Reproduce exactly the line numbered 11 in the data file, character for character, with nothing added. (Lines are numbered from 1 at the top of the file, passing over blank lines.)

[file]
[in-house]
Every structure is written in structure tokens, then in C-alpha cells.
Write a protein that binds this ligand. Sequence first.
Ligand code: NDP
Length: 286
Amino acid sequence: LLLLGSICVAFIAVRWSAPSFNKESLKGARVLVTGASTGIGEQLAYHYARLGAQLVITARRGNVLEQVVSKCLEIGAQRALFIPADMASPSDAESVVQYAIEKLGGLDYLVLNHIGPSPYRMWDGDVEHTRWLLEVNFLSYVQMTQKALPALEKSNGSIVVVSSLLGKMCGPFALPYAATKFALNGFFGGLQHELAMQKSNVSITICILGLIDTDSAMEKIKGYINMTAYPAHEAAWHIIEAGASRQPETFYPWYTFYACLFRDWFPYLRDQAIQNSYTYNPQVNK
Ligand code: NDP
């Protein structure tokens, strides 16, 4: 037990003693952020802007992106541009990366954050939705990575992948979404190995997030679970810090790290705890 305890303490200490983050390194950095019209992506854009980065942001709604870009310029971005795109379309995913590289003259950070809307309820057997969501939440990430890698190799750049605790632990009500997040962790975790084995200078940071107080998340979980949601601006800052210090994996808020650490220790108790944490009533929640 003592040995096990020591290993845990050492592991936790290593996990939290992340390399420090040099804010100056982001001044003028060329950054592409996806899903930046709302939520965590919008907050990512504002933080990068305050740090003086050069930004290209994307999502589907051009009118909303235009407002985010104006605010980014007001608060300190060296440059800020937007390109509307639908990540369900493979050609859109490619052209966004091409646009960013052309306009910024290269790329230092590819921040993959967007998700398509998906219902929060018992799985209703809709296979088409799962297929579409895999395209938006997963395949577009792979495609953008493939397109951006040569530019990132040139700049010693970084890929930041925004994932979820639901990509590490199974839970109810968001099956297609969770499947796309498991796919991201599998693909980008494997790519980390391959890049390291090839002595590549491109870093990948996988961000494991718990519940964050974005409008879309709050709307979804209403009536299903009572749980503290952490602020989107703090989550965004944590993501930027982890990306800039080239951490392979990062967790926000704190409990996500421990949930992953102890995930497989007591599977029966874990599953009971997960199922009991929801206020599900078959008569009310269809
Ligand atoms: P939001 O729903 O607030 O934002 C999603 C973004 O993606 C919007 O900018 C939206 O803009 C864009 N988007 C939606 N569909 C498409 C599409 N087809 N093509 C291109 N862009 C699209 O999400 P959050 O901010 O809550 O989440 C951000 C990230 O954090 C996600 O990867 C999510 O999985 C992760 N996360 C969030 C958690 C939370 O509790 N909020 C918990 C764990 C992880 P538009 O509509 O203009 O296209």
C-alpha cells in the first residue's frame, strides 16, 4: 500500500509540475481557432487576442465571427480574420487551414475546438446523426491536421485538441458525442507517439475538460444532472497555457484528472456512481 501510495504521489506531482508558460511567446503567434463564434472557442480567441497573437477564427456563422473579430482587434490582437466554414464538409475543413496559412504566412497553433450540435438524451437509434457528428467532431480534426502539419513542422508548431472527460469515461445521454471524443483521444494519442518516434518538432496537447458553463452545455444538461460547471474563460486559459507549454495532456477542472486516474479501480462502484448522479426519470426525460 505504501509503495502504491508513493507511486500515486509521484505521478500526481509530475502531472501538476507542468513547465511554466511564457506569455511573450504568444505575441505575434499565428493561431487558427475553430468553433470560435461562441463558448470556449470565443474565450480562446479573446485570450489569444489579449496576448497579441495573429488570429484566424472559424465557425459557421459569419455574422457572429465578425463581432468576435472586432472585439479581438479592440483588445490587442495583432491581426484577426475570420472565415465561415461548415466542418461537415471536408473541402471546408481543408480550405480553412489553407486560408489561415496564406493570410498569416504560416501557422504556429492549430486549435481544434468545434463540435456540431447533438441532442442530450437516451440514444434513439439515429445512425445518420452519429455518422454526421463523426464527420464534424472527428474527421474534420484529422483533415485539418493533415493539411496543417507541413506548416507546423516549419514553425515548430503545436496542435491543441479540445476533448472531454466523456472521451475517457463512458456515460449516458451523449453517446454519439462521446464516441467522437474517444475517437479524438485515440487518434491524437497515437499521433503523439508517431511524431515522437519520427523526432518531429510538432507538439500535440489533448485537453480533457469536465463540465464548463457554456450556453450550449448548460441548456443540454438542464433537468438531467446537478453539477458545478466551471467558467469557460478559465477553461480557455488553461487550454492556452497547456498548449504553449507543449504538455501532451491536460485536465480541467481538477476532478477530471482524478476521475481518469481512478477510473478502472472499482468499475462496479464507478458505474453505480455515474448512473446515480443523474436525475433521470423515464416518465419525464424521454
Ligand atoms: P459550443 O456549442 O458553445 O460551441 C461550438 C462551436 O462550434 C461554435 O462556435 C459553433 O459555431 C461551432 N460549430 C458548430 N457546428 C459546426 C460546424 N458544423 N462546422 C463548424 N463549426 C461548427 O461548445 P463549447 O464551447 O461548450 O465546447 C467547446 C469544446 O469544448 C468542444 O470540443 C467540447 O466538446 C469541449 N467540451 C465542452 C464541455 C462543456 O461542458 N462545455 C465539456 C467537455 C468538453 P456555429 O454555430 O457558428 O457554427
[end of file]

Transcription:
Ligand atoms: P459550443 O456549442 O458553445 O460551441 C461550438 C462551436 O462550434 C461554435 O462556435 C459553433 O459555431 C461551432 N460549430 C458548430 N457546428 C459546426 C460546424 N458544423 N462546422 C463548424 N463549426 C461548427 O461548445 P463549447 O464551447 O461548450 O465546447 C467547446 C469544446 O469544448 C468542444 O470540443 C467540447 O466538446 C469541449 N467540451 C465542452 C464541455 C462543456 O461542458 N462545455 C465539456 C467537455 C468538453 P456555429 O454555430 O457558428 O457554427